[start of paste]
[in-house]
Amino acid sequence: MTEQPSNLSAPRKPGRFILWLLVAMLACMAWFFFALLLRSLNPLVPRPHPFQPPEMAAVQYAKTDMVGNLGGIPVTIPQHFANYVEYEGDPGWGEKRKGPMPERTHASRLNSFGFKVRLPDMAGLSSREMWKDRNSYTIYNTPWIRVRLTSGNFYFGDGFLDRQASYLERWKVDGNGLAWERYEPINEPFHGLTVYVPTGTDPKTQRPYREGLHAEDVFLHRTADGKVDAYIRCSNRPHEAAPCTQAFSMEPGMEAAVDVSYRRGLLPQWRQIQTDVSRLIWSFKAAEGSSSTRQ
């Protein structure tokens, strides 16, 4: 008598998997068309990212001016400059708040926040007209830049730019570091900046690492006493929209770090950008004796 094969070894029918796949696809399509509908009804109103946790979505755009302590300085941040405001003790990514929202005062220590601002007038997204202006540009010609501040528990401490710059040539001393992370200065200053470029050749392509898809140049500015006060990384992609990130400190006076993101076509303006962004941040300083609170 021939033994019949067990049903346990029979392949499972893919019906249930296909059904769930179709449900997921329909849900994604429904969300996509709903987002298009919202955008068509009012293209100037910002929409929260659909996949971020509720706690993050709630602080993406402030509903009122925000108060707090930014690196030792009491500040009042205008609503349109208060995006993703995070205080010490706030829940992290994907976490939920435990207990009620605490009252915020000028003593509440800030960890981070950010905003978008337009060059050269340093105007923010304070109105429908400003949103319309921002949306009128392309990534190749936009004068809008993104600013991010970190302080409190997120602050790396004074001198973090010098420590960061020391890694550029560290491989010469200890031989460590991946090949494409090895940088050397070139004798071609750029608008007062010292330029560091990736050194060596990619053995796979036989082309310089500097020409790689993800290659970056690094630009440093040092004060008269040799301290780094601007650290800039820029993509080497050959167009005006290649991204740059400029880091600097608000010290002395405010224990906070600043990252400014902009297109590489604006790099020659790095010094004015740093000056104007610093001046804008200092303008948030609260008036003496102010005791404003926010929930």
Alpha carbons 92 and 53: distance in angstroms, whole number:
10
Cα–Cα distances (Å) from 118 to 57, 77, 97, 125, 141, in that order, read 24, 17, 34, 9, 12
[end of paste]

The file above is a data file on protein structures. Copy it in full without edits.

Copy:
[in-house]
Amino acid sequence: MTEQPSNLSAPRKPGRFILWLLVAMLACMAWFFFALLLRSLNPLVPRPHPFQPPEMAAVQYAKTDMVGNLGGIPVTIPQHFANYVEYEGDPGWGEKRKGPMPERTHASRLNSFGFKVRLPDMAGLSSREMWKDRNSYTIYNTPWIRVRLTSGNFYFGDGFLDRQASYLERWKVDGNGLAWERYEPINEPFHGLTVYVPTGTDPKTQRPYREGLHAEDVFLHRTADGKVDAYIRCSNRPHEAAPCTQAFSMEPGMEAAVDVSYRRGLLPQWRQIQTDVSRLIWSFKAAEGSSSTRQ
């Protein structure tokens, strides 16, 4: 008598998997068309990212001016400059708040926040007209830049730019570091900046690492006493929209770090950008004796 094969070894029918796949696809399509509908009804109103946790979505755009302590300085941040405001003790990514929202005062220590601002007038997204202006540009010609501040528990401490710059040539001393992370200065200053470029050749392509898809140049500015006060990384992609990130400190006076993101076509303006962004941040300083609170 021939033994019949067990049903346990029979392949499972893919019906249930296909059904769930179709449900997921329909849900994604429904969300996509709903987002298009919202955008068509009012293209100037910002929409929260659909996949971020509720706690993050709630602080993406402030509903009122925000108060707090930014690196030792009491500040009042205008609503349109208060995006993703995070205080010490706030829940992290994907976490939920435990207990009620605490009252915020000028003593509440800030960890981070950010905003978008337009060059050269340093105007923010304070109105429908400003949103319309921002949306009128392309990534190749936009004068809008993104600013991010970190302080409190997120602050790396004074001198973090010098420590960061020391890694550029560290491989010469200890031989460590991946090949494409090895940088050397070139004798071609750029608008007062010292330029560091990736050194060596990619053995796979036989082309310089500097020409790689993800290659970056690094630009440093040092004060008269040799301290780094601007650290800039820029993509080497050959167009005006290649991204740059400029880091600097608000010290002395405010224990906070600043990252400014902009297109590489604006790099020659790095010094004015740093000056104007610093001046804008200092303008948030609260008036003496102010005791404003926010929930």
Alpha carbons 92 and 53: distance in angstroms, whole number:
10
Cα–Cα distances (Å) from 118 to 57, 77, 97, 125, 141, in that order, read 24, 17, 34, 9, 12